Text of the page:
2. The act of passing severe judgment; censure; faultfinding.
3. The act or art of analyzing and evaluating or judging the quality of a literary or artistic work, musical performance, art exhibit, dramatic production, etc.
4. A critical comment, article, or essay; critique.
5. Any of various methods of studying texts or documents for the purpose of dating or reconstructing them, evaluating their authenticity, analyzing their content or style, etc.: historical criticism; literary criticism.
6. Investigation of the text, origin, etc., of literary documents, especially, Biblical ones: textual criticism.

Criticism can be classified in many categories. For example, the literary criticism, Music criticism etc. from the psychological point of view, the following information is available on the Internet.
Psychology of Criticism
1 Criticism and the narcissists
Vulnerability with their own self-esteem makes individuals with narcissistic personality disorder very sensitive to criticism or defeat. Although they may not show it outwardly, criticism may haunt them and leave them feeling humiliated, degraded, hollow, and empty. They may react with disdain, narcissistic rage, or defiant narcissistic personality disorder.
Narcissists are extremely sensitive to personal criticism and extremely critical of other people. They think that they must be seen as perfect or superior or infallible or else they are worthless. There's no middle ground.
The narcissist is constantly on the lookout for slights. He is hyper vigilant. He perceives every disagreement as criticism and every critical remark as complete and humiliating rejection: nothing short of a threat.
2 Criticism and paranoids
Individuals with paranoid personality disorder are often rigid, critical of others, although they have great difficulty accepting criticism themselves.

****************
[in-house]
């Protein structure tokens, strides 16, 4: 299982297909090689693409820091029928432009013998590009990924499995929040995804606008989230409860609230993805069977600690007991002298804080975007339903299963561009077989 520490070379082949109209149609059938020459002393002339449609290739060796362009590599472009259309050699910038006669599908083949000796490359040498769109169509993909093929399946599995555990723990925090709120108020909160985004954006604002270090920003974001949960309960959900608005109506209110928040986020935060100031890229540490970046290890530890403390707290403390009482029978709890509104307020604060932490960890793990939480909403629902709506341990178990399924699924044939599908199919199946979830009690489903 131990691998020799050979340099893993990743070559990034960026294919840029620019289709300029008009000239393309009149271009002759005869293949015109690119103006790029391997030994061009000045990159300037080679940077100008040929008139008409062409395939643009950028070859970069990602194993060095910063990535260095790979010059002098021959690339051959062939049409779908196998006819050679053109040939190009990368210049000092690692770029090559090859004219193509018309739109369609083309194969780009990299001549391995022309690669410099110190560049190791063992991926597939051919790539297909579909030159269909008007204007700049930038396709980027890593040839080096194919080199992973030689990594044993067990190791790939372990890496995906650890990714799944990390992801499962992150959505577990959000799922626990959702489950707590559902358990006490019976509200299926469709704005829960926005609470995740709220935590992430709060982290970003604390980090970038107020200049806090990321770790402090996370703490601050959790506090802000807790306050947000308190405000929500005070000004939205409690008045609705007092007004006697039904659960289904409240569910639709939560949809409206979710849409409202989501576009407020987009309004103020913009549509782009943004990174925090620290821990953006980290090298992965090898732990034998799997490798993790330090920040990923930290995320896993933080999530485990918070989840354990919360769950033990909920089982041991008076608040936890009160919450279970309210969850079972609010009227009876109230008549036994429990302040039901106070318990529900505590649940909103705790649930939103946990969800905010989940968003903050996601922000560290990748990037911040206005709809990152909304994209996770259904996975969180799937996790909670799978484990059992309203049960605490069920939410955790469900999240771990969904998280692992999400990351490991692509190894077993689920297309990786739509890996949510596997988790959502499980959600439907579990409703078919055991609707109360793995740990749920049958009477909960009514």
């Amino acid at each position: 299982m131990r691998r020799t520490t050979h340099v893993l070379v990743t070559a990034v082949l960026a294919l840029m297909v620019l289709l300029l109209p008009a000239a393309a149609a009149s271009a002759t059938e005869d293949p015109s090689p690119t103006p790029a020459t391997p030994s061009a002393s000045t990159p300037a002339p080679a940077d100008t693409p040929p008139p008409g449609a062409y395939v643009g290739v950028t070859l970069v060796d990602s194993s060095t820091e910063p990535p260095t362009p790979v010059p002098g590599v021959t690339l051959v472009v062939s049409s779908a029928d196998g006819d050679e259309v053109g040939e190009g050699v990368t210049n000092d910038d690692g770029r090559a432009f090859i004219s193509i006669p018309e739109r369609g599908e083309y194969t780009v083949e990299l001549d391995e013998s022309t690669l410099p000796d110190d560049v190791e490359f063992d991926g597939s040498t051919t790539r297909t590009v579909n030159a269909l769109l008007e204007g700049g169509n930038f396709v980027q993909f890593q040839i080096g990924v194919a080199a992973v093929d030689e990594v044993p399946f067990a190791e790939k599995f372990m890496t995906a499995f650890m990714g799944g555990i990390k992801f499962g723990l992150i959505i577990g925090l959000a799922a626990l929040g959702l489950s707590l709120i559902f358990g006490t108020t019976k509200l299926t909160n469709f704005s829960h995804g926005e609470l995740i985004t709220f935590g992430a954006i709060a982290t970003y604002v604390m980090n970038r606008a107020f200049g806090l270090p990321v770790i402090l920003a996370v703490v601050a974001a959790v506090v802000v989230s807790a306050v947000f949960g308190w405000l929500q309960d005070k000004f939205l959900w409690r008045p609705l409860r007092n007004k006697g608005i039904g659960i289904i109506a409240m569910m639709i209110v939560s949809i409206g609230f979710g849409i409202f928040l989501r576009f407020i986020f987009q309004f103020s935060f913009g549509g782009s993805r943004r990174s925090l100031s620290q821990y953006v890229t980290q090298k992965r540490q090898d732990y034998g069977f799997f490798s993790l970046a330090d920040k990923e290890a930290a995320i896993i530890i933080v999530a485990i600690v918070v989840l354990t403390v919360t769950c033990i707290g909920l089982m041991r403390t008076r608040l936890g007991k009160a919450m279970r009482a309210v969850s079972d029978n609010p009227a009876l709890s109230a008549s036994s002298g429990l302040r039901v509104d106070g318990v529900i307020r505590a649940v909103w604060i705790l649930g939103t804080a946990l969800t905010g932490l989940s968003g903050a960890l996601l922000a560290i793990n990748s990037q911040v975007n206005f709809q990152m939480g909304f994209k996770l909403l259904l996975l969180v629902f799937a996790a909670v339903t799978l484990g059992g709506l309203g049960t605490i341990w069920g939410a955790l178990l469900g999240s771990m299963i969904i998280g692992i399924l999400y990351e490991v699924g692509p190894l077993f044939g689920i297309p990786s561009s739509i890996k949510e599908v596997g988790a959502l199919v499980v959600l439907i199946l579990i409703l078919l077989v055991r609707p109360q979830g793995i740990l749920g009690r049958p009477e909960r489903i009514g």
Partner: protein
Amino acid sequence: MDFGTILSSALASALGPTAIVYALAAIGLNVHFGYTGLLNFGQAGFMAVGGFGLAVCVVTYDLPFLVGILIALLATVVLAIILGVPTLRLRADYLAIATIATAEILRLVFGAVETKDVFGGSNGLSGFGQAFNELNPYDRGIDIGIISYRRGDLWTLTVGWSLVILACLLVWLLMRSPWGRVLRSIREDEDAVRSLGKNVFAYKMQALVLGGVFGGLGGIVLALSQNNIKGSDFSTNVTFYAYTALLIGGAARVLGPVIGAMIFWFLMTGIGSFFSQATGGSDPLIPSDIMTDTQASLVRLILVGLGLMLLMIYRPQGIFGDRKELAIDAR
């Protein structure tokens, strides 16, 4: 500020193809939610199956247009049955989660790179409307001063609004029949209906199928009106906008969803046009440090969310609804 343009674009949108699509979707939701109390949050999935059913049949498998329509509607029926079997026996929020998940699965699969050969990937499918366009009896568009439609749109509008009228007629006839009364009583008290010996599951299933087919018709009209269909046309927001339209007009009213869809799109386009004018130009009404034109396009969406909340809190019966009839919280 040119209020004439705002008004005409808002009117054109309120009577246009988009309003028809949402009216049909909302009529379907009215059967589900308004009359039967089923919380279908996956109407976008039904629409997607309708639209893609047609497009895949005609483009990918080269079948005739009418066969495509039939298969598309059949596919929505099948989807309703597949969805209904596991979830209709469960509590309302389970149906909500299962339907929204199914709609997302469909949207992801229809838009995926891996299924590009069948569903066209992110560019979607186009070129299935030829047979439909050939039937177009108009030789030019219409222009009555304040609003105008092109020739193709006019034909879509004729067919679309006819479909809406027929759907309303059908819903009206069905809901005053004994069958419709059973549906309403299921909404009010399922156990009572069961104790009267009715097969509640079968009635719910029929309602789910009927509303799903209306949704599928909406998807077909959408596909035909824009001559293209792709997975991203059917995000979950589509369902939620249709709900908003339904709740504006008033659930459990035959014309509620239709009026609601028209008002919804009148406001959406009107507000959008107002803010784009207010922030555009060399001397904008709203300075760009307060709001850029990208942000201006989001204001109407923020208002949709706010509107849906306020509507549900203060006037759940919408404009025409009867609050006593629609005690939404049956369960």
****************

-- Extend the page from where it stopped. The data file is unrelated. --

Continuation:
3 Criticism and avoidant
Individuals with avoidant personality disorder are hypersensitive to criticism or rejection. They build up a defensive shell.
4 Criticism and dependents
Individuals with dependent personality disorder are readily willing to "self-correct" in response to criticism.
5 Constructive criticism, or constructive analysis, is a compassionate attitude towards the person qualified for criticism. Having higher experience, gifts, respect, and knowledge in specific field and being able to verbally convince at the same time, this person is intending to uplift the other person materially, morally, emotionally or spiritually. For high probability in succeeding compassionate criticism, the critic has to be in some kind of healthy personal relationship with the other one, which is normally a parent to child, friend to friend, teacher to student, spouse to spouse or any kind of recognized authority in specific field. Hence the word constructive is used so that something is created or visible outcome generated rather than the opposite. Participatory learning in pedagogy is based on these principles of constructive criticism, focusing on positive examples to be emulated over precepts to be followed. There can be tension between friendly support and useful criticism. A critic might usefully help an individual artist to recognize what is poor or slapdash in their body of work, but the critic may appear harsh and judgmental in the process. Useful criticism is a practical part of constructive criticism.
6 Hypercriticism
Hypercriticism is a feature of certain personality types and is colloquially known as nitpicking or nagging. Nitpicking is minute, trivial, unnecessary, and unjustified criticism or faultfinding. Nagging is to scold, complain, or find fault constantly.
7 Hypocriticism
Hypocriticism is criticism by somebody (a hypocrite) who criticizes another but does the same as the person they are criticizing.
8 Self-criticism
Self-criticism (or auto-critique) refers to the pointing out of things critical/important to one's own beliefs, thoughts, actions, behaviour or results; it can form part of private, personal reflection or a group discussion. Most people regard self-criticism as healthy and necessary for learning, but excessive or enforced self-criticism as unhealthy.
9 Criticism of criticism
Notable scholars of the Post-Structuralist tradition have often emphasized the self referential nature of all criticism. Stanley Fish argues that all interpretations are subjective projections and have no inherent meaning; therefore, the critic undermines himself for he undermines only his own interpretation. Thus, concludes Fish, all criticism is self criticism.